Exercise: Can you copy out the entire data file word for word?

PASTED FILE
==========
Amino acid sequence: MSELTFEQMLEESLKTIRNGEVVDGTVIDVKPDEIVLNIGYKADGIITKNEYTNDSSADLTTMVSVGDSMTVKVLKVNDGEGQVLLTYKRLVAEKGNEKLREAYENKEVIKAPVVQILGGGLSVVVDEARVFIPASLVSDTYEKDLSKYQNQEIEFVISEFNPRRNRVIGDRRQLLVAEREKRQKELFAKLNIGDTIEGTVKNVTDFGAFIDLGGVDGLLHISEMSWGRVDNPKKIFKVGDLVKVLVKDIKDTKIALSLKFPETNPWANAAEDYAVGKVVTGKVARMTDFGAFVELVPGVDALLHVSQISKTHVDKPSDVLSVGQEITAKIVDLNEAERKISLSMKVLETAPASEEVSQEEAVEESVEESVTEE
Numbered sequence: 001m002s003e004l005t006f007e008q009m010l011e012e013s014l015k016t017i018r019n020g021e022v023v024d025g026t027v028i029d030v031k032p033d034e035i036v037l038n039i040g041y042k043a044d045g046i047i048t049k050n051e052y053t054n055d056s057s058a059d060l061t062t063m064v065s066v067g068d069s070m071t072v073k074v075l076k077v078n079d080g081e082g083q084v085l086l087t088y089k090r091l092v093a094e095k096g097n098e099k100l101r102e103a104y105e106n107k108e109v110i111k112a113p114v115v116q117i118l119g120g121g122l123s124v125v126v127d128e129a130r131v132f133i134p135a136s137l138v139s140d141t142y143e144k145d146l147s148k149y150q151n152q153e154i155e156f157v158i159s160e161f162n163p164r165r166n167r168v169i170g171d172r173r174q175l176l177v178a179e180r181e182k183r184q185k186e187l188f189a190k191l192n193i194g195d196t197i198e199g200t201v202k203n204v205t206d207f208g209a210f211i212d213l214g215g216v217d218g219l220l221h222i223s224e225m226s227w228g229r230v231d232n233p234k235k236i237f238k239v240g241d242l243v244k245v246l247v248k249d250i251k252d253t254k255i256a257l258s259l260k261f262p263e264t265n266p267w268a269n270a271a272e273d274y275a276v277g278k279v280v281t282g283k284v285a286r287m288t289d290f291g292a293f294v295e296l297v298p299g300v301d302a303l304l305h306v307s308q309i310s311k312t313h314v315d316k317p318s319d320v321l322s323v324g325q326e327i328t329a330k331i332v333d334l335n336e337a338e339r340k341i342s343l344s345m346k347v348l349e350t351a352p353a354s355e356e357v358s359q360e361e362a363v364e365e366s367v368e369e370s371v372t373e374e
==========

Amino acid sequence: MSELTFEQMLEESLKTIRNGEVVDGTVIDVKPDEIVLNIGYKADGIITKNEYTNDSSADLTTMVSVGDSMTVKVLKVNDGEGQVLLTYKRLVAEKGNEKLREAYENKEVIKAPVVQILGGGLSVVVDEARVFIPASLVSDTYEKDLSKYQNQEIEFVISEFNPRRNRVIGDRRQLLVAEREKRQKELFAKLNIGDTIEGTVKNVTDFGAFIDLGGVDGLLHISEMSWGRVDNPKKIFKVGDLVKVLVKDIKDTKIALSLKFPETNPWANAAEDYAVGKVVTGKVARMTDFGAFVELVPGVDALLHVSQISKTHVDKPSDVLSVGQEITAKIVDLNEAERKISLSMKVLETAPASEEVSQEEAVEESVEESVTEE
Numbered sequence: 001m002s003e004l005t006f007e008q009m010l011e012e013s014l015k016t017i018r019n020g021e022v023v024d025g026t027v028i029d030v031k032p033d034e035i036v037l038n039i040g041y042k043a044d045g046i047i048t049k050n051e052y053t054n055d056s057s058a059d060l061t062t063m064v065s066v067g068d069s070m071t072v073k074v075l076k077v078n079d080g081e082g083q084v085l086l087t088y089k090r091l092v093a094e095k096g097n098e099k100l101r102e103a104y105e106n107k108e109v110i111k112a113p114v115v116q117i118l119g120g121g122l123s124v125v126v127d128e129a130r131v132f133i134p135a136s137l138v139s140d141t142y143e144k145d146l147s148k149y150q151n152q153e154i155e156f157v158i159s160e161f162n163p164r165r166n167r168v169i170g171d172r173r174q175l176l177v178a179e180r181e182k183r184q185k186e187l188f189a190k191l192n193i194g195d196t197i198e199g200t201v202k203n204v205t206d207f208g209a210f211i212d213l214g215g216v217d218g219l220l221h222i223s224e225m226s227w228g229r230v231d232n233p234k235k236i237f238k239v240g241d242l243v244k245v246l247v248k249d250i251k252d253t254k255i256a257l258s259l260k261f262p263e264t265n266p267w268a269n270a271a272e273d274y275a276v277g278k279v280v281t282g283k284v285a286r287m288t289d290f291g292a293f294v295e296l297v298p299g300v301d302a303l304l305h306v307s308q309i310s311k312t313h314v315d316k317p318s319d320v321l322s323v324g325q326e327i328t329a330k331i332v333d334l335n336e337a338e339r340k341i342s343l344s345m346k347v348l349e350t351a352p353a354s355e356e357v358s359q360e361e362a363v364e365e366s367v368e369e370s371v372t373e374e